Breast augmentation; commonly known as a boob job, is a form of cosmetic surgery that involves inserting a breast implant underneath the natural tissue to make the breasts permanently larger, firmer, or fuller.
Breast augmentation is very popular among females and is one of the most sought after types of plastic surgery, as it has many associated benefits. Women decide to brave it underneath the knife for many different reasons, whether it be cosmetic or reconstructive, but if you are considering breast augmentation it is worth finding out as much as you can about the procedure beforehand. This will not only give you peace of mind but will also get you prepared as to what you should expect before and after surgery.
Before undergoing breast enlargement, a consultation with a doctor is required in order to discuss the size and shape that you want your new breasts to be. There are typically two types of filler used in implants which are;
- Silicone Implants
- Saline Implants
There are many different pros and cons associated with the two types of fillers, but the surgeon will sit down with you and discuss which option is best for you. What is best for one patient won’t necessarily be the best option for every patient.
What Does Surgery Involve?
During surgery, an incision is normally made either near the armpit, under the breasts, around the areola, or down the side of the breast. The implant is then inserted underneath the natural breast tissue or under the muscle of the breast; the incision is then stitched up.
After surgery the patient is normally required to stay in the hospital for a minimum of two days; this is so that they can be monitored after being under general anesthetic for two hours (this can vary depending on the patient). Patients are commonly required to wear a specially designed support bra; this will help to speed up the healing process and prevent discomfort.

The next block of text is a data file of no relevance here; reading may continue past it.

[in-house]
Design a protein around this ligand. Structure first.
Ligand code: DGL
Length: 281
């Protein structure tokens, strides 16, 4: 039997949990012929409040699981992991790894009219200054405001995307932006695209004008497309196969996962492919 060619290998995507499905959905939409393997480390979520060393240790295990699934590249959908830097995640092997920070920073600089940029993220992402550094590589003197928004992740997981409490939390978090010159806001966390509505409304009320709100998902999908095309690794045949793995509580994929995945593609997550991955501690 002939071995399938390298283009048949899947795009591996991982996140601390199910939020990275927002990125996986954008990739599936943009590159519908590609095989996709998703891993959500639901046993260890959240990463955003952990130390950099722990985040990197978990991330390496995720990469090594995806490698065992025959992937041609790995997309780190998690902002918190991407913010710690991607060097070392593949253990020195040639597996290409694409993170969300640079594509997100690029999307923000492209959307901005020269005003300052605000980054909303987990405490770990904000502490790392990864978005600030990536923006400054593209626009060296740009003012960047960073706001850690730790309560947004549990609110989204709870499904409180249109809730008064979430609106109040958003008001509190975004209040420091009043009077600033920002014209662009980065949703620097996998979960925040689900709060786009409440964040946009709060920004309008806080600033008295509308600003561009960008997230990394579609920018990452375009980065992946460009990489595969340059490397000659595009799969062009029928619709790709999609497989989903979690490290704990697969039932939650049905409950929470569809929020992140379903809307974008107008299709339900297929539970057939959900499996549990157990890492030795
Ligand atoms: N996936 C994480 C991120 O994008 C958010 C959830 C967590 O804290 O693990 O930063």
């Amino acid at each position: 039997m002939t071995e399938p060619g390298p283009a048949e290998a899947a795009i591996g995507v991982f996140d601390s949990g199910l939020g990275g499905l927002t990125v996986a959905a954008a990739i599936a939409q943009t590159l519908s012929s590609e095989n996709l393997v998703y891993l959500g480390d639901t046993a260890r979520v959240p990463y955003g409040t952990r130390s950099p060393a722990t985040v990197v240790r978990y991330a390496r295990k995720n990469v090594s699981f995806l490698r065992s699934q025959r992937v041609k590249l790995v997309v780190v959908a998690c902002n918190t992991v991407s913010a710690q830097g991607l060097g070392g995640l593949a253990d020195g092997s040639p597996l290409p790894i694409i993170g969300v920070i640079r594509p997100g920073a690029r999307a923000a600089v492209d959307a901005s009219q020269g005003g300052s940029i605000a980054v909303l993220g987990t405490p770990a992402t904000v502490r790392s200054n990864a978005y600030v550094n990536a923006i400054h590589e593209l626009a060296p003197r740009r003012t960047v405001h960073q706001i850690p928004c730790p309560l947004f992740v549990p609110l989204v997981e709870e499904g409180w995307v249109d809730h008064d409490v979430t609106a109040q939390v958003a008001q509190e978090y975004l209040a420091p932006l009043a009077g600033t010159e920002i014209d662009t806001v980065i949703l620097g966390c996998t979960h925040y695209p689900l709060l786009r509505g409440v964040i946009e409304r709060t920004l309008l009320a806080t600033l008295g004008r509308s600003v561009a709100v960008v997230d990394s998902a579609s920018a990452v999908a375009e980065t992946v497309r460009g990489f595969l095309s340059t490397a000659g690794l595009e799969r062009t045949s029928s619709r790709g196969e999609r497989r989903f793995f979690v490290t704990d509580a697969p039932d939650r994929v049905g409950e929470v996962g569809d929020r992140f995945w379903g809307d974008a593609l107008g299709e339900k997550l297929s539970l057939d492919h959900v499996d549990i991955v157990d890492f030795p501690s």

Like any surgery, breast augmentation does have associated risks and complications such as;
- Adverse reaction to anesthesia,
- Hematoma (bleeding),
- Seroma (accumulation of fluid),
- Wound infection,
- Painful breasts,
- Loss of sensation,
- Impeded breast-feeding function,
- Visible wrinkling,
- Thinning of the breast tissue.
The patient can help to reduce these risks from occurring by following the surgeon’s advice before and after surgery.
If you are considering breast augmentation then a consultation is required before surgery. The surgeon will be able to assess your general health and ensure that your expectations can be met.
Any information in this article should not replace advice that your relevant health professional would give you. If you have any questions, you should ask your GP or relevant health professional.